The sys.dm_exec_query_stats view is one of my favorite DMVs. It has replaced a large chunk of what I used to use SQL Trace for–pulling metrics about what queries are running and how often–and it makes this kind of data collection painless and automatic. What’s not to love? But use cases for the view are a topic for another post. Today I want to quickly point out an inconsistency.
If you’re using this view heavily, as I am, you should know that in some cases your queries will not get a row. One such case, as it turns out, is any time an ALTER TABLE appears in your batch. “No big deal,” you might be thinking. “I don’t regularly alter tables in stored procedures.” But think again. Do you ever create a temporary table using SELECT INTO? Do you ever create indexes on the resultant table? I know I do–and quite often those indexes are primary keys, or unique constraints.
The interesting thing is that CREATE INDEX does not suffer from this problem. You can create unique indexes all day long and still get entries in the query stats DMV. And thus the inconsistency: Using ALTER TABLE to create a primary key or unique constraint on a temporary table is, for all intents and purposes exactly the same thing as creating a unique index using CREATE INDEX. But one works with the query_stats DMV and the other doesn’t.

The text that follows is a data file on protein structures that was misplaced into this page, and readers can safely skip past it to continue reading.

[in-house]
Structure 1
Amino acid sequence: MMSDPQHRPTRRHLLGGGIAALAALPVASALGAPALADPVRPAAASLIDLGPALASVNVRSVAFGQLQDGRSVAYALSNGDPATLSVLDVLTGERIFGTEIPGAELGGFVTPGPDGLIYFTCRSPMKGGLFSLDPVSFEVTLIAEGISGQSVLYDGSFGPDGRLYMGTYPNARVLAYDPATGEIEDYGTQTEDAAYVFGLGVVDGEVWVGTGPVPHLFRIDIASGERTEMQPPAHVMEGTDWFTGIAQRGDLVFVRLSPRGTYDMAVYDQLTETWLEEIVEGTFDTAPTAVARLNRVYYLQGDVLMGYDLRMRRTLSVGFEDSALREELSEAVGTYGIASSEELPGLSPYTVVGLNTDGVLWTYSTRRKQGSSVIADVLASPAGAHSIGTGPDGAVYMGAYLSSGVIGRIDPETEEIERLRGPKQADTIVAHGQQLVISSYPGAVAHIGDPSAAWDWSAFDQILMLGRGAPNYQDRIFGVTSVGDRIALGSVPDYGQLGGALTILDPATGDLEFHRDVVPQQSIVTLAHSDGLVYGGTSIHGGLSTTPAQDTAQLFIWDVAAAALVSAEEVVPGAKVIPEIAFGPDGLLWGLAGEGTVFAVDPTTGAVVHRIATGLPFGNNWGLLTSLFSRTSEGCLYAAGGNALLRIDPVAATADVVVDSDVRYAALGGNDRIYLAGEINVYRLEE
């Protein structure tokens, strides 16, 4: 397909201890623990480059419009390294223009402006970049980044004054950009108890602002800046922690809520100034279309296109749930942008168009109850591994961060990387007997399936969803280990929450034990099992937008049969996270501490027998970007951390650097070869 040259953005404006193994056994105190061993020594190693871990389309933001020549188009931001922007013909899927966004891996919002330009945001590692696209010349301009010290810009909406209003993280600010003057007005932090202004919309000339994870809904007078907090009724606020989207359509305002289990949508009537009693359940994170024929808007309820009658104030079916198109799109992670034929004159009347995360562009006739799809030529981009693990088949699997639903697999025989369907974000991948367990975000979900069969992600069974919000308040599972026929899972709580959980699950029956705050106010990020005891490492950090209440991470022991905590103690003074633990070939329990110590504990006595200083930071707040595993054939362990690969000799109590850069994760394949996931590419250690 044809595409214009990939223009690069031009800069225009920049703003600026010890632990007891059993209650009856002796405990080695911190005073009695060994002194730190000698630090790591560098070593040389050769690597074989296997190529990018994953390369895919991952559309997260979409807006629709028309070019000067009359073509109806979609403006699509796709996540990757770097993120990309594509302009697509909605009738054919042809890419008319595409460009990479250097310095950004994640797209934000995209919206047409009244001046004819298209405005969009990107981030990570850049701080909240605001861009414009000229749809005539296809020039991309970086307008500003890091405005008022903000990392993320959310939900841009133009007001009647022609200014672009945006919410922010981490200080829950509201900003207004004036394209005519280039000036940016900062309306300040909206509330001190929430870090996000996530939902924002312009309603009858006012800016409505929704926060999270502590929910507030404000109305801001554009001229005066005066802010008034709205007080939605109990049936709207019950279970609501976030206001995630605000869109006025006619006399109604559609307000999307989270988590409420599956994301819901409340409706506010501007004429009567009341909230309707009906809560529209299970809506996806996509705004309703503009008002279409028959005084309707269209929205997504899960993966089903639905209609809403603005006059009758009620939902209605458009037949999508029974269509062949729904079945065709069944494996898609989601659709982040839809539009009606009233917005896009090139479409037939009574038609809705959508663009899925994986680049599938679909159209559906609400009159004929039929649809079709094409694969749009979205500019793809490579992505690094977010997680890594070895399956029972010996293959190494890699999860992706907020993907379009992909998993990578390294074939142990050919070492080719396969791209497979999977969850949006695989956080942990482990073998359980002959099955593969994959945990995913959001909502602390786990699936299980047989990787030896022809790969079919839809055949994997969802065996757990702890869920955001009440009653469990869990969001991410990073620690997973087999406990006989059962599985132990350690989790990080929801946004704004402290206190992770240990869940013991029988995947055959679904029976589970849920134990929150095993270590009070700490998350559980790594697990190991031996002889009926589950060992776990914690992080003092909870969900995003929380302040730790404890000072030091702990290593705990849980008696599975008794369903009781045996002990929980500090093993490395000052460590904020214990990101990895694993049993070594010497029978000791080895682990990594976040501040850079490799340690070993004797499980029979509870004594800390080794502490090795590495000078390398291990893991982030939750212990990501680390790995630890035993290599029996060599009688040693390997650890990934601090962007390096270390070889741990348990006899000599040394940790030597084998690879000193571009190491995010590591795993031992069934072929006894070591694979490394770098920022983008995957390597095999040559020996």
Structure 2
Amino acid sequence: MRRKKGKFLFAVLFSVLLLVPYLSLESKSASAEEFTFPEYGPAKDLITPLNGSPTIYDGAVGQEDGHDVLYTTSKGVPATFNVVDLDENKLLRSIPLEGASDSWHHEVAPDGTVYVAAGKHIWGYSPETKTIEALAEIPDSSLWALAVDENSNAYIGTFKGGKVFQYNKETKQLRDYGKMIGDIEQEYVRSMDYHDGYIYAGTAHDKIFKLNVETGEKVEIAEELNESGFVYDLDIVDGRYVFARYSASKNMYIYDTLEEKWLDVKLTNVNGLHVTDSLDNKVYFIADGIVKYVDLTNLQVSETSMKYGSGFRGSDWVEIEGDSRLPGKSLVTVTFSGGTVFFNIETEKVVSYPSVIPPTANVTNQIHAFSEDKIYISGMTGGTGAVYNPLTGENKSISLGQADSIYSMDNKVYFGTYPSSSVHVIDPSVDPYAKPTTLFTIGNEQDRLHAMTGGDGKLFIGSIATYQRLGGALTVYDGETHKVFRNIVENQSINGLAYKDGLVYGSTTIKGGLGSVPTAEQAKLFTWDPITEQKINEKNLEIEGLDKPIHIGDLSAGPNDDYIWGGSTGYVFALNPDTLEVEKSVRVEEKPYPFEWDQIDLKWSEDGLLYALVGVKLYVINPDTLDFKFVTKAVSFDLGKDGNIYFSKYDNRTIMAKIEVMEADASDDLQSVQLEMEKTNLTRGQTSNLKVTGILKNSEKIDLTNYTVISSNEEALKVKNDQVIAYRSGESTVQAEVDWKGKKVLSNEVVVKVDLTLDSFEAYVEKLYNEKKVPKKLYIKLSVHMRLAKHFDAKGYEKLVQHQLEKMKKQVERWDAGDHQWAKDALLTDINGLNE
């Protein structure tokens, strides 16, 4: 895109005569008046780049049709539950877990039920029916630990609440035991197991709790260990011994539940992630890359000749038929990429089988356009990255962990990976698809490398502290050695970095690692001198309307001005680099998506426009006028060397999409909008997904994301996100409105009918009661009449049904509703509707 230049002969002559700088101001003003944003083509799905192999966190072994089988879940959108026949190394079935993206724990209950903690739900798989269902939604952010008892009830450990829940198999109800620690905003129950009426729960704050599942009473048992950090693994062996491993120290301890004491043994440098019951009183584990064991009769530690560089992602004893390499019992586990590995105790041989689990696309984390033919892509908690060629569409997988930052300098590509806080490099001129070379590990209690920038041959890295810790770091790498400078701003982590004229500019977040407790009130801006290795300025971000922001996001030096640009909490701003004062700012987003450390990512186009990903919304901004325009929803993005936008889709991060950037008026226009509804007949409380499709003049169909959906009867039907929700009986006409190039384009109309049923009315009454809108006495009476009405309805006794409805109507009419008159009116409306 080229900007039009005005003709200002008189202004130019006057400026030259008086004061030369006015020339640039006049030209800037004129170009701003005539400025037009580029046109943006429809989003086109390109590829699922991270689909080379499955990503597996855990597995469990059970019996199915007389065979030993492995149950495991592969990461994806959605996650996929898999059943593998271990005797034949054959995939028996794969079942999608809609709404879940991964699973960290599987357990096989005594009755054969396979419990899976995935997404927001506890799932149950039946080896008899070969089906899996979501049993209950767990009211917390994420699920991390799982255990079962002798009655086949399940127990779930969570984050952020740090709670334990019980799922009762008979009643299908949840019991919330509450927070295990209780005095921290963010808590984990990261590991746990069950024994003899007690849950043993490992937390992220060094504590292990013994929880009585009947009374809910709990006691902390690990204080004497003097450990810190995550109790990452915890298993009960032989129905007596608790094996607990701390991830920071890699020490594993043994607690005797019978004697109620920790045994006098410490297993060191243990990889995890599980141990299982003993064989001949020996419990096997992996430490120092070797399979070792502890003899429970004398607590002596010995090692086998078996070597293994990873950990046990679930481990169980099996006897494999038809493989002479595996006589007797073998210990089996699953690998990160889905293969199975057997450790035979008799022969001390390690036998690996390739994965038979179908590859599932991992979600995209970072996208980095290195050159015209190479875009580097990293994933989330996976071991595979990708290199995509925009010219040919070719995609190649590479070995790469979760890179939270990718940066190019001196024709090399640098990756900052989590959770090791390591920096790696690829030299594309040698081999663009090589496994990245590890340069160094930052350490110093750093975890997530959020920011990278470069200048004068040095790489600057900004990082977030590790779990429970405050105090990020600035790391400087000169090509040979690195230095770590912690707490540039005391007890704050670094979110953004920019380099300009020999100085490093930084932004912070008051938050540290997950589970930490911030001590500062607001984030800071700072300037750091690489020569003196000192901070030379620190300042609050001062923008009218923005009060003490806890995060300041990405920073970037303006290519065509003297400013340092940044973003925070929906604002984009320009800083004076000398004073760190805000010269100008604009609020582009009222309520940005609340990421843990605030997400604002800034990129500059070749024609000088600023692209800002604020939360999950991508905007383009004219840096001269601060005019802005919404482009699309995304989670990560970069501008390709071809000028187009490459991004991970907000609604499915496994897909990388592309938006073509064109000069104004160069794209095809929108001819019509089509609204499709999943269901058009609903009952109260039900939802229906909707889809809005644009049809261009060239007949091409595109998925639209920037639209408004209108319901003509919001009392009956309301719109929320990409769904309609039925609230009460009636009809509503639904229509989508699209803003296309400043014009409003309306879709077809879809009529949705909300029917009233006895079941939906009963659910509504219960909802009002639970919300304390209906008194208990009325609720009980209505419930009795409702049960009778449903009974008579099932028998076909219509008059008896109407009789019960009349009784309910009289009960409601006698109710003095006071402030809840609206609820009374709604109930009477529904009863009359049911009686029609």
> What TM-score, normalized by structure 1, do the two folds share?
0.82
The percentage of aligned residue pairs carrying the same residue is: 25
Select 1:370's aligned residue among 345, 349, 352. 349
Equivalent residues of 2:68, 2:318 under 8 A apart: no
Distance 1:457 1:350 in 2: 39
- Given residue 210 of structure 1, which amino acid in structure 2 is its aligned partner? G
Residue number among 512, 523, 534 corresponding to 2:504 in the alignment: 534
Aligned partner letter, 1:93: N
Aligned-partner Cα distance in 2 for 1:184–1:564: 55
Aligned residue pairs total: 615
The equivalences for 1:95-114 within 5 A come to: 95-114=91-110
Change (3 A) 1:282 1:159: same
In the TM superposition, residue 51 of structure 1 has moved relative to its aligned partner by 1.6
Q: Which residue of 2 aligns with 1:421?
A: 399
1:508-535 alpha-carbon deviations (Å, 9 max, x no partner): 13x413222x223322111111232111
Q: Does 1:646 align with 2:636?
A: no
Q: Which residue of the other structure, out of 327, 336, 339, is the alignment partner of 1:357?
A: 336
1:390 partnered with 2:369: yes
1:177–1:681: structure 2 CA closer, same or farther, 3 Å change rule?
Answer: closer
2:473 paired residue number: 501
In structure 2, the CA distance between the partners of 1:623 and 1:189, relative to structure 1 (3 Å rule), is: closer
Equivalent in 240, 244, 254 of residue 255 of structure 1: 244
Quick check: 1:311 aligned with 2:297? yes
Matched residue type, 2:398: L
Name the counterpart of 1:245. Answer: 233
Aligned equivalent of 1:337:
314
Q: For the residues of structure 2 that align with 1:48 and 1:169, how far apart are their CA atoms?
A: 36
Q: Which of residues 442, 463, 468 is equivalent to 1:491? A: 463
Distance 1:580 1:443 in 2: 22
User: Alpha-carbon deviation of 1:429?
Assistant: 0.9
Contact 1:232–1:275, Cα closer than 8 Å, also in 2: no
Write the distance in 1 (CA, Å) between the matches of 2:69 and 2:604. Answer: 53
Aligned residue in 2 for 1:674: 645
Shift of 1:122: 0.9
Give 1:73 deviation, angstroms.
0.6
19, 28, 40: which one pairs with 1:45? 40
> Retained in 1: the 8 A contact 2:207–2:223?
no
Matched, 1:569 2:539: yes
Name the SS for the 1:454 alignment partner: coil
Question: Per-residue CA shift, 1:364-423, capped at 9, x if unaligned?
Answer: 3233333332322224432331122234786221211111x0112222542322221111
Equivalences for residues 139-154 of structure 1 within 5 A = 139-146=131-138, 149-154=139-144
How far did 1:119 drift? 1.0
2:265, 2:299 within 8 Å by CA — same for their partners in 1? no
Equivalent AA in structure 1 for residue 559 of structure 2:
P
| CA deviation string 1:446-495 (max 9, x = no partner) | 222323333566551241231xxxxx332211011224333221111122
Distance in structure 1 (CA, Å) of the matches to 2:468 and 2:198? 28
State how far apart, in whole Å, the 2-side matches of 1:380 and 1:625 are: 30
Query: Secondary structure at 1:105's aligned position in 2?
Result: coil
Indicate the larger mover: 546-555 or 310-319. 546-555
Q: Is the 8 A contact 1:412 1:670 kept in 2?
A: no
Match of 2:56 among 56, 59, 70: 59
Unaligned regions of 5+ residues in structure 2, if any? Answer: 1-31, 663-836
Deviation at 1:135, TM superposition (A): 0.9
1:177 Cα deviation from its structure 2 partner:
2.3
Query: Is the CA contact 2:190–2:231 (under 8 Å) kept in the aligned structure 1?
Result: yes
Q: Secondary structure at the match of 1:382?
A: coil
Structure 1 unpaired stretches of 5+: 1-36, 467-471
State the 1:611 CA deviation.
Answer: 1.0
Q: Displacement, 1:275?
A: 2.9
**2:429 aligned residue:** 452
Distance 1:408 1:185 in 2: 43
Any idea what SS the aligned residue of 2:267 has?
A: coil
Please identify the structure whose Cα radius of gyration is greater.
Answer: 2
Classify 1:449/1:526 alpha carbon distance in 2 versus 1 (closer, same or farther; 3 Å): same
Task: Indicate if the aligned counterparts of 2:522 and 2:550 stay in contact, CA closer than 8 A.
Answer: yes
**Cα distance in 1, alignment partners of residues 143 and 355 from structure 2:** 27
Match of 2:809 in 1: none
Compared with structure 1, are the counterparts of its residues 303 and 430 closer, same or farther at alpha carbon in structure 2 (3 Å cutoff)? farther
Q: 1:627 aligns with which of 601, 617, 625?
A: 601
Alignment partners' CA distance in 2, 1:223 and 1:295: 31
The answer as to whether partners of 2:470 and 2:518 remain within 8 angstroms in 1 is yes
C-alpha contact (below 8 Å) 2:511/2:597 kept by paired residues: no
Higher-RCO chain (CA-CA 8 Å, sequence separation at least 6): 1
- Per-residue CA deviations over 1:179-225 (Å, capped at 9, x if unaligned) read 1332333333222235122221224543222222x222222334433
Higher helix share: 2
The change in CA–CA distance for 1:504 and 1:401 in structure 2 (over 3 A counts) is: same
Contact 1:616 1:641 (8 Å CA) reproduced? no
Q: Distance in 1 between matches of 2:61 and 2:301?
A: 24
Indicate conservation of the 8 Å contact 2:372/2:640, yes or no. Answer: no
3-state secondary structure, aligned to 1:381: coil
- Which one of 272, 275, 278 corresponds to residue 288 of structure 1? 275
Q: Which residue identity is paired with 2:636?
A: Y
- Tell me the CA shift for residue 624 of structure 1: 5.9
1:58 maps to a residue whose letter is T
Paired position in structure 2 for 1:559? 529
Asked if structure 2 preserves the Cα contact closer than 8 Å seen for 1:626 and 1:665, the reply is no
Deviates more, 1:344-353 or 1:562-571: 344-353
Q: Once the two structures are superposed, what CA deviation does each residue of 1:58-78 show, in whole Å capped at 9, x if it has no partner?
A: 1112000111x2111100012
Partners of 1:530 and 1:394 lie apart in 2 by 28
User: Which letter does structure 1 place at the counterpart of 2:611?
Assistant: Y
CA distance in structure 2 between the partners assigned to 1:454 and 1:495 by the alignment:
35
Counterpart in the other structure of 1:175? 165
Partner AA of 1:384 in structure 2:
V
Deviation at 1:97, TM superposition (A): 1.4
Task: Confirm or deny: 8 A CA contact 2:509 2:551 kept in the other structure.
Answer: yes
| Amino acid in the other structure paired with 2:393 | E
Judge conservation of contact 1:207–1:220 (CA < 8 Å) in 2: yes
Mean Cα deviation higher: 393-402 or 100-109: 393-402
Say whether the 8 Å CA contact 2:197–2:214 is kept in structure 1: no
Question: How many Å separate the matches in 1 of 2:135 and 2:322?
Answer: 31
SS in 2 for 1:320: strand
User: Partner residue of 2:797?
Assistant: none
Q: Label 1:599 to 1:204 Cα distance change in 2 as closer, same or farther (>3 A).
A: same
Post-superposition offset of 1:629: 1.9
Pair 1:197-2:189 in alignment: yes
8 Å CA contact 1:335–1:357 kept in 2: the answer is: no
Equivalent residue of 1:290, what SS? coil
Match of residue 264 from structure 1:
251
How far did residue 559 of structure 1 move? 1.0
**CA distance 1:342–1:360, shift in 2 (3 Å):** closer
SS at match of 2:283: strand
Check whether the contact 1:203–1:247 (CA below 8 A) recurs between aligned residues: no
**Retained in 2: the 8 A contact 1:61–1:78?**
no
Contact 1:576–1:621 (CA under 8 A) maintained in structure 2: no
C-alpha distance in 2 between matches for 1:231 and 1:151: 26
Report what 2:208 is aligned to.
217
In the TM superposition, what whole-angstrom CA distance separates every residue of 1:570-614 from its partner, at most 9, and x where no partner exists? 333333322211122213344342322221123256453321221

It’s not difficult to imagine how this inconsistency arose; just rather annoying in practice. I went through a bunch of code today and changed several instances of ALTER TABLE to CREATE INDEX, and my monitoring scripts are already working better as a result. I recommend that you take the time to do the same, if you use this view.
To conclude this post, a quick repro so that you can see the issue:
SELECT 'abc' AS a INTO #x ALTER TABLE #x ADD UNIQUE (a) SELECT * FROM sys.dm_exec_query_stats WHERE plan_handle IN ( SELECT plan_handle FROM sys.dm_exec_requests WHERE session_id = @@SPID ) DROP TABLE #x GO SELECT 'abc' AS a INTO #x CREATE UNIQUE INDEX whatever ON #x (a) SELECT * FROM sys.dm_exec_query_stats WHERE plan_handle IN ( SELECT plan_handle FROM sys.dm_exec_requests WHERE session_id = @@SPID ) DROP TABLE #x GO
Enjoy, and best of luck in all of your monitoring endeavors.